Jeanne Calment was 70 years old when the Second World War ended. She was born just ten years after the end of the American Civil War, and by 1965 as the Vietnam War raged on, at age 90 she found herself with no heirs.
Calment elected to sign a life estate contract on her apartment, where she sold the property in exchange for the right to continue living there, along with a monthly revenue of 2,500 francs that she would continue to receive until she died. The agreement, which she made with notary public André-François Raffray, took an unexpected turn when the latter passed away in 1995 and, remarkably, Calment was still alive… at age 120.
“In life,” Calment was later known to have quipped about the arrangement, “one sometimes makes bad deals.”
Calment did finally pass away two years later, and at 122 she is still recognized as having been the oldest person ever to have lived. Her extremely long life remains an outlier, despite the number of centenarians continuing to rise in recent years as lifespans gradually increase among world populations. Today, close to half a million people around the world reach the centennial marker, although the number of “supercentenarians” the likes of Calment remain in the extreme minority for now.
However, according to recent studies undertaken at the University of Washington, new estimates for maximum life expectancy may be on their way toward surpassing even Calment’s record-setting longevity, with supercentenarians in the years ahead expected to live up to 130 years.
Michael Pearce, a doctoral student in statistics at the University of Washington, says he believes that by the end of this century people will be reaching such milestones in human longevity. According to Pearce, statistical information can be useful in determining how likely it is that there will be supercentenarians in the coming years.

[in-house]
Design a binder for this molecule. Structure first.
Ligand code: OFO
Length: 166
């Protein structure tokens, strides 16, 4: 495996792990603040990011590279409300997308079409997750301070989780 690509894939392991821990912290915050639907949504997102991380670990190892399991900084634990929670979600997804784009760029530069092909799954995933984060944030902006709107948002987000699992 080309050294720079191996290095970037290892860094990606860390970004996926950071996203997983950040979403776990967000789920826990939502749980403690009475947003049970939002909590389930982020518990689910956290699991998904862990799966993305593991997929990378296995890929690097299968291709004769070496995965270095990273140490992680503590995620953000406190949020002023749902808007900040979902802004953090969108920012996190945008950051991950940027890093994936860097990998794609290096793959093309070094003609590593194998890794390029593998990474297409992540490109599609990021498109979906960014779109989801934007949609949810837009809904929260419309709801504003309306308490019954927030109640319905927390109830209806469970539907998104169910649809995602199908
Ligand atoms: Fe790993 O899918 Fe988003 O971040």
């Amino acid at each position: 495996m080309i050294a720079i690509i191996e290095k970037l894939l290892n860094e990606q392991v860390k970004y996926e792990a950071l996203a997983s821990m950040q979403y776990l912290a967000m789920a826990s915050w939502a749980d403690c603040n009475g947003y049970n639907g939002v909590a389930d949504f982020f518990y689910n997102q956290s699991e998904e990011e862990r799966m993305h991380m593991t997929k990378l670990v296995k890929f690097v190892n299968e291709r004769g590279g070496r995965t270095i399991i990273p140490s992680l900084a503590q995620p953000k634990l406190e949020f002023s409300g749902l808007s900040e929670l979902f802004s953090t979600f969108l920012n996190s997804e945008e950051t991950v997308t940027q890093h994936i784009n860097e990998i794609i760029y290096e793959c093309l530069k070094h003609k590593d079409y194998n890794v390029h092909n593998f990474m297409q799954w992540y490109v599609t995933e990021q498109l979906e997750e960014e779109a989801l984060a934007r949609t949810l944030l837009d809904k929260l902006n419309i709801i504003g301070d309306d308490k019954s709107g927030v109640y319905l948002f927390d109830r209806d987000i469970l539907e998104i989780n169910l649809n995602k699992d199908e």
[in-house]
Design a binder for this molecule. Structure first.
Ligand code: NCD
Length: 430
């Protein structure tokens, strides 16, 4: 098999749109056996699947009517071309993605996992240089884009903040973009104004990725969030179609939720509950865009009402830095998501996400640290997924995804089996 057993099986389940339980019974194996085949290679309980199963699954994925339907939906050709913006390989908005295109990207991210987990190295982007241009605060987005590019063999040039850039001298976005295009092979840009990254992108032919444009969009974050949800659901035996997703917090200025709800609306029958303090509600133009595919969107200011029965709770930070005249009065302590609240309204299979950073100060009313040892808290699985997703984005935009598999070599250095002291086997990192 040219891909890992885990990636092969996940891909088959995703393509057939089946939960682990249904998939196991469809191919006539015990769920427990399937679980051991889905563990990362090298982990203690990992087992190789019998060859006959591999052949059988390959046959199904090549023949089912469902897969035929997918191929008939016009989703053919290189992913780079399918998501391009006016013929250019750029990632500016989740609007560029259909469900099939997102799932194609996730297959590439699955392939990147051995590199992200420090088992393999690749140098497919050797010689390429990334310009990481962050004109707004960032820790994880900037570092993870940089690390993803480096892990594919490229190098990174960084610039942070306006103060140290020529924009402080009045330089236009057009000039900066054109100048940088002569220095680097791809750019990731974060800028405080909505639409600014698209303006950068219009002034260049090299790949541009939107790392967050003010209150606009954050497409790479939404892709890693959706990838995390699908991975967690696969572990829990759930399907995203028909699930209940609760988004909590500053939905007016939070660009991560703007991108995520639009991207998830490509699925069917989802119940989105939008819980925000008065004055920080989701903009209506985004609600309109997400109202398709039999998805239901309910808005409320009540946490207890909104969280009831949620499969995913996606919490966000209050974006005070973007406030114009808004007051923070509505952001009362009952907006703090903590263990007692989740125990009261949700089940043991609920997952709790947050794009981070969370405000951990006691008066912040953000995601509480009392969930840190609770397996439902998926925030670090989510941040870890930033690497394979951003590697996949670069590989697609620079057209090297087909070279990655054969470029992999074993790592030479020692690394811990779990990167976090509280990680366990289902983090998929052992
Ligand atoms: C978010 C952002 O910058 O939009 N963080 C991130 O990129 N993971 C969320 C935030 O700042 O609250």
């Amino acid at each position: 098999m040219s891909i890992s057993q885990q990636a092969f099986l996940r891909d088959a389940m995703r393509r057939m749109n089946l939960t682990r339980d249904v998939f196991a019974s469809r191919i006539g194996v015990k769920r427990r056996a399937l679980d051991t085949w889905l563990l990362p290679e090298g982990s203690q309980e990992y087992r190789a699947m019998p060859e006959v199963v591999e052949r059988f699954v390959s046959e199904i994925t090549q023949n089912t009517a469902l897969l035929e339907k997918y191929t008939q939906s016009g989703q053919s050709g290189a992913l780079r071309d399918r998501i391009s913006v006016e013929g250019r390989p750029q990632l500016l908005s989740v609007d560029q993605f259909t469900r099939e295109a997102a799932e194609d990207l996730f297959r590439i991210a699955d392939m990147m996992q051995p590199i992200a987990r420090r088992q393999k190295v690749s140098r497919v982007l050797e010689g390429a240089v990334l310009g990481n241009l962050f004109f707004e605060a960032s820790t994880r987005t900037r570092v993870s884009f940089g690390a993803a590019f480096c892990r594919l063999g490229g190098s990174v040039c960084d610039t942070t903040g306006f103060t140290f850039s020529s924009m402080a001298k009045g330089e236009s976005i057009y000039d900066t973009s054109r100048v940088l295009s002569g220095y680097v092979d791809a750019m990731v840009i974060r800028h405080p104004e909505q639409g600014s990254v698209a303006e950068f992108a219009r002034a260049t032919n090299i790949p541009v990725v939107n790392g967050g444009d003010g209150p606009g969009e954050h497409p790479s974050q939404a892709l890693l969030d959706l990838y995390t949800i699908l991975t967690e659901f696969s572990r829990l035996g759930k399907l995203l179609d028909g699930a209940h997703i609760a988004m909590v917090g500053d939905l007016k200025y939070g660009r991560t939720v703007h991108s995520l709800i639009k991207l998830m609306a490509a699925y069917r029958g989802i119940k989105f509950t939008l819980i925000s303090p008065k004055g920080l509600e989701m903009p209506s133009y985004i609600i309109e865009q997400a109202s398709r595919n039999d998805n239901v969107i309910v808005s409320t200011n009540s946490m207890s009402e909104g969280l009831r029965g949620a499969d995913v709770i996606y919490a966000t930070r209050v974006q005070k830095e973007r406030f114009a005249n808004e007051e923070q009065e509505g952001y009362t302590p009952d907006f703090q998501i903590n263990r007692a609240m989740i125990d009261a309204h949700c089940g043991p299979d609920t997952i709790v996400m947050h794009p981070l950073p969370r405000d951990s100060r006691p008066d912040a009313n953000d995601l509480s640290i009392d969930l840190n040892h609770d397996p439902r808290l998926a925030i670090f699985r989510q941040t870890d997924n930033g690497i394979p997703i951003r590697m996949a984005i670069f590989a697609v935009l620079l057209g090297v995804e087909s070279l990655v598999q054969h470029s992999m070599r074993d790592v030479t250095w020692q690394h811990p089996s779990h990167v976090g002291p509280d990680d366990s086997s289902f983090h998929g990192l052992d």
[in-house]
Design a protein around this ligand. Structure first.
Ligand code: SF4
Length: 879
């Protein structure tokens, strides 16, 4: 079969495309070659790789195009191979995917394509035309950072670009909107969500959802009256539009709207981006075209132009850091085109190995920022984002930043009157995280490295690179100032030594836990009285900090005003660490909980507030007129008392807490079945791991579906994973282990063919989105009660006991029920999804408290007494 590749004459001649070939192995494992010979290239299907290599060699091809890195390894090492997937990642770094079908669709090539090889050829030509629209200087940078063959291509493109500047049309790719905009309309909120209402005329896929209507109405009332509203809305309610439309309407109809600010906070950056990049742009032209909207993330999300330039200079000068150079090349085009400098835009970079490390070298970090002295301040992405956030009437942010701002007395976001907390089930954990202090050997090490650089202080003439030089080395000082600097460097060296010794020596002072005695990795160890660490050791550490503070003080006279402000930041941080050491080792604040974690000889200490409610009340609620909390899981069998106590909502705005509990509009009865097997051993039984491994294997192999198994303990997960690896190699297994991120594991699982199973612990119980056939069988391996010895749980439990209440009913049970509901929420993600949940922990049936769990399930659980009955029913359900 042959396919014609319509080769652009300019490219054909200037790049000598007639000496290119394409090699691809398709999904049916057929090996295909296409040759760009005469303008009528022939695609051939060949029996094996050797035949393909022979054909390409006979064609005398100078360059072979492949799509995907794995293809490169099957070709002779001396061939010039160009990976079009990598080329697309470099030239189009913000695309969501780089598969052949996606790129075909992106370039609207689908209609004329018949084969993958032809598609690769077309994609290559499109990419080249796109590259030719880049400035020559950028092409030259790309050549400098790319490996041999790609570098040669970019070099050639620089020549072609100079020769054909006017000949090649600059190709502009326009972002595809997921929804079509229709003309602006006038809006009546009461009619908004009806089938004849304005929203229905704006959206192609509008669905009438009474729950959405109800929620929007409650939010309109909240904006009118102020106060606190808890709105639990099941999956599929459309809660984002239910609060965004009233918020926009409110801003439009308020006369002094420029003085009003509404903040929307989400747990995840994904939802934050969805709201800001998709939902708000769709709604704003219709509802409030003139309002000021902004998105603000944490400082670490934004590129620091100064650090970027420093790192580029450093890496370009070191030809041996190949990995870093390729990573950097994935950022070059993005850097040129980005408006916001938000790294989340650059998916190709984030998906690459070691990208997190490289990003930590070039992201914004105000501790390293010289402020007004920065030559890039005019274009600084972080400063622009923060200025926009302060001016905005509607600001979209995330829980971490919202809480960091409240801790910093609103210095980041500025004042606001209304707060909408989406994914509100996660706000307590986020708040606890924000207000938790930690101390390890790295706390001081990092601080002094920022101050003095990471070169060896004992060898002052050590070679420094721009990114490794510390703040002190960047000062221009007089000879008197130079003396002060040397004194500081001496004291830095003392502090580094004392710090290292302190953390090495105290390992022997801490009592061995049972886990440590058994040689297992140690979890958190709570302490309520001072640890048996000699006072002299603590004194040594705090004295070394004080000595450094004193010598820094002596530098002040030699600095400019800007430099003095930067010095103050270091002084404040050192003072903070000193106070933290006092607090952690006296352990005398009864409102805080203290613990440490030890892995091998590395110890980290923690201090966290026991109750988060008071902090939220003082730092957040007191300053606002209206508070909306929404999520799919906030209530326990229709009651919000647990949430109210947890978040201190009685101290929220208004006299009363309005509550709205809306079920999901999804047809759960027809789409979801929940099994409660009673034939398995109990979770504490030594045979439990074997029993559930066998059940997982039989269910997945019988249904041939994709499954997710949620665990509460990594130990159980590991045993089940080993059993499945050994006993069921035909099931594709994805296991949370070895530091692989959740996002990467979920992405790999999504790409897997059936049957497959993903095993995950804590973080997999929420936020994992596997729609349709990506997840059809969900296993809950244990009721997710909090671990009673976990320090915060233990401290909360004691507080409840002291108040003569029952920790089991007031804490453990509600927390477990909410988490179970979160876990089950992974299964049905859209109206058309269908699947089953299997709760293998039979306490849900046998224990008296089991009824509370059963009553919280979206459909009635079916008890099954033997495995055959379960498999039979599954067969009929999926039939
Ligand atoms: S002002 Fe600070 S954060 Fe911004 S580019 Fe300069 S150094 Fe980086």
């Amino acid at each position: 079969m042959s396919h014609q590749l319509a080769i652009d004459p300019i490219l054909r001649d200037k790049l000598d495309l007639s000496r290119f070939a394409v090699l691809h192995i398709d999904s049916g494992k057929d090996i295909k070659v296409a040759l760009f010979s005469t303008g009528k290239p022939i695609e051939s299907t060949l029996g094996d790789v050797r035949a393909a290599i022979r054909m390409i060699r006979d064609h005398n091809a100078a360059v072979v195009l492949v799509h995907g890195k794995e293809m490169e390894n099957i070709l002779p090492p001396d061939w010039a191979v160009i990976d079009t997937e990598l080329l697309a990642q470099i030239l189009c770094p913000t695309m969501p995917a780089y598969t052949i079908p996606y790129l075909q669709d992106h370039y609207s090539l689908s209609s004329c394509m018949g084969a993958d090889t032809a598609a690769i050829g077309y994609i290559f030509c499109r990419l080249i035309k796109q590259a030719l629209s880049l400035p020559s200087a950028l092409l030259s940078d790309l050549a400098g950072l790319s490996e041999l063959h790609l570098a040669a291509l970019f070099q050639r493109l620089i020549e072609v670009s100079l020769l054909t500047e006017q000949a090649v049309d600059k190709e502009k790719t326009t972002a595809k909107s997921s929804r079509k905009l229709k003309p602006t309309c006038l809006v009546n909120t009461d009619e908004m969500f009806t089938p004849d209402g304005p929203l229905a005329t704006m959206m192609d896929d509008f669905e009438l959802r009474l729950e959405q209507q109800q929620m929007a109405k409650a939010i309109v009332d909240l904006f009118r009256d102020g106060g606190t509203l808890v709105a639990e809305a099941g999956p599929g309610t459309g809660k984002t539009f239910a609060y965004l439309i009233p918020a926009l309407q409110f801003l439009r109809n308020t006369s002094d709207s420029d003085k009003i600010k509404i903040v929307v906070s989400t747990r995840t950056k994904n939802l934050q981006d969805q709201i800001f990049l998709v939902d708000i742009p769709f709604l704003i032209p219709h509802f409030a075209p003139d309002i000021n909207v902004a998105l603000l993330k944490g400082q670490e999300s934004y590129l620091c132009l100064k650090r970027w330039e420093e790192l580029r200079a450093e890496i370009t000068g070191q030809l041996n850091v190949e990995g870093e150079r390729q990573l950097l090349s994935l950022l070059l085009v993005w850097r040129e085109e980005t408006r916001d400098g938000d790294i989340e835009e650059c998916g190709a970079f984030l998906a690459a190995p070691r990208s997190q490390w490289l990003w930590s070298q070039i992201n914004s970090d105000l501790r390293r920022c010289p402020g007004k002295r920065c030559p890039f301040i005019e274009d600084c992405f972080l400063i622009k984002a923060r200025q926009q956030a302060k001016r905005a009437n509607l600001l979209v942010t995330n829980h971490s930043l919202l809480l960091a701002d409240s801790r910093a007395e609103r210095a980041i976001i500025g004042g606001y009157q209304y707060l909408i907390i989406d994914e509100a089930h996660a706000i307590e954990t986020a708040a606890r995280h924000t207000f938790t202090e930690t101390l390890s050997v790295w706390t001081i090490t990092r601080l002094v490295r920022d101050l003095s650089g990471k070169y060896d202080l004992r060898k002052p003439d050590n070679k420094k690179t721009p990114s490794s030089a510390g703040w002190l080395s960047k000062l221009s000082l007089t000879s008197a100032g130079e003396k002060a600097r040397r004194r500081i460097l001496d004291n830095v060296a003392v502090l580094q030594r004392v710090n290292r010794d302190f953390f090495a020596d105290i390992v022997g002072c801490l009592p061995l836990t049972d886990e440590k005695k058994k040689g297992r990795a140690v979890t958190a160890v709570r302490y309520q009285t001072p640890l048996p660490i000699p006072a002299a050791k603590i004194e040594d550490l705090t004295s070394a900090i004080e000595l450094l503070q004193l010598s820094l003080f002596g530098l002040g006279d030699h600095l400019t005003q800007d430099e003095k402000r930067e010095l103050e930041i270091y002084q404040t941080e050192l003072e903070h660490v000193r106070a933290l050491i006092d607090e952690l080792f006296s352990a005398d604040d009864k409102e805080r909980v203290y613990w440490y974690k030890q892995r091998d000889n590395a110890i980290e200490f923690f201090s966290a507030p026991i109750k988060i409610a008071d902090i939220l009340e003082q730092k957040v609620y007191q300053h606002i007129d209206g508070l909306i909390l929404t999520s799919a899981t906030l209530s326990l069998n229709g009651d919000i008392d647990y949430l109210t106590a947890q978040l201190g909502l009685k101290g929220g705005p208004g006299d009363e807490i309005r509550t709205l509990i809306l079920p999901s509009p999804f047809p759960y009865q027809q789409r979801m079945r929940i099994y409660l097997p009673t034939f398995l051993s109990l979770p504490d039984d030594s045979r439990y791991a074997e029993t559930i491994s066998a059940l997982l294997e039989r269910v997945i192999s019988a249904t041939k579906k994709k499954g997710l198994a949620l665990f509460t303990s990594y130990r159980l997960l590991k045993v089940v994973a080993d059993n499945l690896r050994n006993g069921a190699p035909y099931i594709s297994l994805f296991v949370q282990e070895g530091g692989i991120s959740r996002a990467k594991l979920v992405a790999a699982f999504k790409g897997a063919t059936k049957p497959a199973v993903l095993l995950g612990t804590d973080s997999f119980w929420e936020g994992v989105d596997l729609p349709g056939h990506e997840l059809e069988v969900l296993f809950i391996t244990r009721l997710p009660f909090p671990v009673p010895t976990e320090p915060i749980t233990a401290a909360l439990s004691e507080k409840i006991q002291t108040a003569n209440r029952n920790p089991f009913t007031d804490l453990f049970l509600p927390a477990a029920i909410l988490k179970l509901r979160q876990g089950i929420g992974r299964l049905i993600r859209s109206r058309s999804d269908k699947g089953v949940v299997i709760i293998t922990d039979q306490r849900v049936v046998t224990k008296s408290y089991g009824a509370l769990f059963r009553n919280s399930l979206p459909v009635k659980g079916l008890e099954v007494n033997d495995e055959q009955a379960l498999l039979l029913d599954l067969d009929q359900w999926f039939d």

“With this work, we quantify how likely we believe it is that some individual will reach various extreme ages this century,” Pearce says.
The likelihood that human lifespans will continue to grow has the potential for reshaping various aspects of law and government, ranging from programs that provide aid to senior citizens, to health care, laws related to the operation of various kinds of motor vehicles, and a range of other areas.
Not everyone agrees that human lifespans can continue to increase—even gradually—over time. Factors that include the onset of disease, as well as the general effects of aging on living cells that leads to their deterioration over time, could make it such that there will eventually be a limit to how much humans can increase their lifespans. However, with notable cases like Jeanne Calment, the possibility of incredible lifespans among at least small numbers of individuals in the coming years obviously remains on the table.
Pearce and his colleagues employed a Bayesian methodology to project estimates for the maximum ages of people in thirteen different countries from now through the end of the century. Employing statistical models, they examined the likelihood that factors including medical advances and other developments in the sciences could contribute to longer lifespans.
According to the results, there is close to being a 100% probability that the current record held by Jeanne Calment will be broken, with a 99% probability that someone will exceed this by as much as one or two years, and that a 68% likelihood exists that the next supercentenarian will live to age of 127.
Naturally, the study found that percentages decreased significantly when compared against even older the age estimates, although there remains a 13% possibility that at least one person in the entire world might live to be 130 by the year 2100, according to the new research. However, the study’s findings deemed it unlikely that anyone would live to be 135 or older.
Significantly, the researchers emphasize that the likelihood of exceeding Calment’s incredible 122-year lifespan will only increase if we continue to see more supercentenarians in the coming years. Whether this occurs, or if Calment will be shown to remain an extreme outlier, remains to be seen.
The study by Pearce and Adrian Raftery appeared in Demographic Research and was published on June 30.
Follow and connect with author Micah Hanks on Twitter: @MicahHanks
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